A MUCH publicised announcement by Uber to cut the maximum number of hours worked by its drivers has been condemned as a meaningless PR stunt.
A spokesman for the American app company said drivers would now have to take a six hour break for every ten hours they worked. Uber’s head of policy, Andrew Bryne, added: “Licensed drivers who use our app really value the freedom and flexibility to choose, if, when and where they work.
And while drivers only spend an average of 30 hours a week logged into our app, we want to do our part to ensure that they don’t drive tired. That’s why we’ve been sending drivers regular reminders to take rest breaks and why we are now bringing in these new limits. It is another example of how Uber uses technology to enhance driver and passenger safety.
But critics say the new restriction is meaningless because it does not take into account the hours sat waiting for a job.
A spokesman for the Licensed Taxi Drivers Association (LTDA), said: “This is a toothless cap that still allows Uber’s drivers to work over 100 hours a week and is a PR stunt that will not improve passenger safety.”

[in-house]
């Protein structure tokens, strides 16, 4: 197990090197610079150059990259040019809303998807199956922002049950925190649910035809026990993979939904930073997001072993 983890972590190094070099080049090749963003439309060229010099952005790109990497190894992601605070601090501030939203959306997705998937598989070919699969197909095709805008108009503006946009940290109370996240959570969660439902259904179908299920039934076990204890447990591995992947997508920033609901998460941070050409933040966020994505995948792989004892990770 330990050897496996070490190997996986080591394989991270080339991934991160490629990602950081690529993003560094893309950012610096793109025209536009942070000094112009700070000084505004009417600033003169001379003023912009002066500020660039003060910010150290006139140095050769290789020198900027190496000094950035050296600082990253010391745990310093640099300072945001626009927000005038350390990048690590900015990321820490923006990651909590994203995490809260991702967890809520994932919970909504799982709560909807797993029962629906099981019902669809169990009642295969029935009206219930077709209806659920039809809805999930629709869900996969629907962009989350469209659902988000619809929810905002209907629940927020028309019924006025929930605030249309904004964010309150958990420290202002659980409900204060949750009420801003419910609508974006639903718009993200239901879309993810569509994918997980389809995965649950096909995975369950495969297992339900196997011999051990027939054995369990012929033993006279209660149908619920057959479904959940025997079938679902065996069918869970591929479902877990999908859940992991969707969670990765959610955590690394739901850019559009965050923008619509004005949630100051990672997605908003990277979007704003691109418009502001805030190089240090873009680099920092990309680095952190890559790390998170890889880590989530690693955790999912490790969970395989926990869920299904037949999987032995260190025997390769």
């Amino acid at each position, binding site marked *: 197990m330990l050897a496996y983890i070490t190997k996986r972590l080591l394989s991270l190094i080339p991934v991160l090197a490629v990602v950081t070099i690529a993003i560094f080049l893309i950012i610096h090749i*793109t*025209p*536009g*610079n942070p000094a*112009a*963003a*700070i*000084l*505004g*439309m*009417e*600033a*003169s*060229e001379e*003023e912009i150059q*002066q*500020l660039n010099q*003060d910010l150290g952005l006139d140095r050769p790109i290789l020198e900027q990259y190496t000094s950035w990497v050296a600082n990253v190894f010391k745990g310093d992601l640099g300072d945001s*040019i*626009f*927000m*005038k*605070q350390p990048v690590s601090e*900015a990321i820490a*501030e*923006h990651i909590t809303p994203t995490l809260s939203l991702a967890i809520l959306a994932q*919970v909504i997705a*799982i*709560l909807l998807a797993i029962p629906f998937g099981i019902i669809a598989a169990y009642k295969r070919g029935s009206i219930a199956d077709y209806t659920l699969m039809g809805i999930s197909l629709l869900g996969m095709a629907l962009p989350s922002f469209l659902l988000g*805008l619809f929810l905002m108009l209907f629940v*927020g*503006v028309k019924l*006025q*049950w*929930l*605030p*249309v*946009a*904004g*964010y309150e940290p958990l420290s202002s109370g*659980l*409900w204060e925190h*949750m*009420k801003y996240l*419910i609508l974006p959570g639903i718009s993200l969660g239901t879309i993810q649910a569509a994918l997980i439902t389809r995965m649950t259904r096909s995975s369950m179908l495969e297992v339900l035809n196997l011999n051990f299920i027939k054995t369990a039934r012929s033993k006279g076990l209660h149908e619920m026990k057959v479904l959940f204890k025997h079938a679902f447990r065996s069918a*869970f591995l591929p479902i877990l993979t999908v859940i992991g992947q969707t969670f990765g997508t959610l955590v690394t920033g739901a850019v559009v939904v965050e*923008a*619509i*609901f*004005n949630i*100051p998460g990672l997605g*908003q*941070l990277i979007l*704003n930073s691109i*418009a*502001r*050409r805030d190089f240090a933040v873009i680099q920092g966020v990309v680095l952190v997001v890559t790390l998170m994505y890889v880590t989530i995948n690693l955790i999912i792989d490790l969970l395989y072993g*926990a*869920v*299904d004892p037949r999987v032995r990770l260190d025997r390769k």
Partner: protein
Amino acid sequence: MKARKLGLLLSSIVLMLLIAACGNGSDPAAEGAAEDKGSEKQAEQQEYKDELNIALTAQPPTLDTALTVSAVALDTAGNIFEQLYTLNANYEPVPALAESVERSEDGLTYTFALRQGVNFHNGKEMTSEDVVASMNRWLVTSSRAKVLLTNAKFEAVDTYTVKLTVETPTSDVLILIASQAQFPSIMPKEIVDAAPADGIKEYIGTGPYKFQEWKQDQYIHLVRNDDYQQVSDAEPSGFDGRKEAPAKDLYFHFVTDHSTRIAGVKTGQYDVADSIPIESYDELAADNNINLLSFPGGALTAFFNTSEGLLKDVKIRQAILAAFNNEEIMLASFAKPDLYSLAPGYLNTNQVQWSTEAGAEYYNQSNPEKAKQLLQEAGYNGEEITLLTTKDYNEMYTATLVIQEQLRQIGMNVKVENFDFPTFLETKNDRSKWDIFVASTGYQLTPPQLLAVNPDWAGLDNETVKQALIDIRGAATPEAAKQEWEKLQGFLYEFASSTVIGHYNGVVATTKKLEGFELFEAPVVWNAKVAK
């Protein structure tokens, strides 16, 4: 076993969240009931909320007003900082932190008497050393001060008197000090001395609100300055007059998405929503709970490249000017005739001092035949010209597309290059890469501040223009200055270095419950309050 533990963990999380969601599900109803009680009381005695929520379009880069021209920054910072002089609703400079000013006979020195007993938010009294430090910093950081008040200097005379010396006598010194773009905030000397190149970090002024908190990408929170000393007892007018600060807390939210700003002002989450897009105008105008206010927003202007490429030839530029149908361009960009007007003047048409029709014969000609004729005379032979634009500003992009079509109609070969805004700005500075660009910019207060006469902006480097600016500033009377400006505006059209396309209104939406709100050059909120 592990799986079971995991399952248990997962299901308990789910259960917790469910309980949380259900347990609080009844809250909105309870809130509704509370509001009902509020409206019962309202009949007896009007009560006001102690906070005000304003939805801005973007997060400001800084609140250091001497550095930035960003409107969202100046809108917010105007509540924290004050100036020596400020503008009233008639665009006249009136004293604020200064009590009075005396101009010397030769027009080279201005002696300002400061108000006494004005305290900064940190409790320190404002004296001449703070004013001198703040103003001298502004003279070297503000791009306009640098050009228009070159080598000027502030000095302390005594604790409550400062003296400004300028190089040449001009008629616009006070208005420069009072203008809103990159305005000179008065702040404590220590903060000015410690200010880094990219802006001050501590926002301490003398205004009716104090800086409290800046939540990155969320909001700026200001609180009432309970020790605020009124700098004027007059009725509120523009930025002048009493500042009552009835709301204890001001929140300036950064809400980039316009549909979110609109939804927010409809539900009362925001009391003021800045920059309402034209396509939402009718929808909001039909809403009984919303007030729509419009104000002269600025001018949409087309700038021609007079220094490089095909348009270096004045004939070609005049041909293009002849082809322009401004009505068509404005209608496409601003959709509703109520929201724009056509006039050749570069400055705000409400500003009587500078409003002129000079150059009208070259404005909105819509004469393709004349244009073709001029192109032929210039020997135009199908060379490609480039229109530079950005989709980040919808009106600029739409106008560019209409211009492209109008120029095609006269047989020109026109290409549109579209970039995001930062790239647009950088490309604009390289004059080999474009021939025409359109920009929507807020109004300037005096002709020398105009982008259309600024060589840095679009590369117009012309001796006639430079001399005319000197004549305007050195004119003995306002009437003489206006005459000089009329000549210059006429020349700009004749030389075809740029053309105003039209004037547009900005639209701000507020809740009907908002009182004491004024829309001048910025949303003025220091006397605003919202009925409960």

LTDA general secretary Steve McNamara added: “It is laughable that Uber believes that drivers can still work over 100 hours a week, despite taking mandatory breaks and still be safe.
“Uber has again proved that it has little concern for public safety, exploiting its drivers and putting passengers at risk to maximise its profits.Not only that, but how can this company claim that all it’s drivers are self-employed and then try to restrict their hours!”
Uber’s announcement has also come under fire from drivers who say their earnings will be hit.
The reason that drivers are fatigued is because they are not earning enough, since they need to work at least 34 hours a week, just to break even. If Uber forces drivers to work less without paying more it is just going to depress hourly earnings even further below the minimum wage and push drivers to the brink.
“The solution is simple, Uber has to abide by what two separate employment tribunals have ruled and pay its drivers at least the minimum wage and holiday pay.”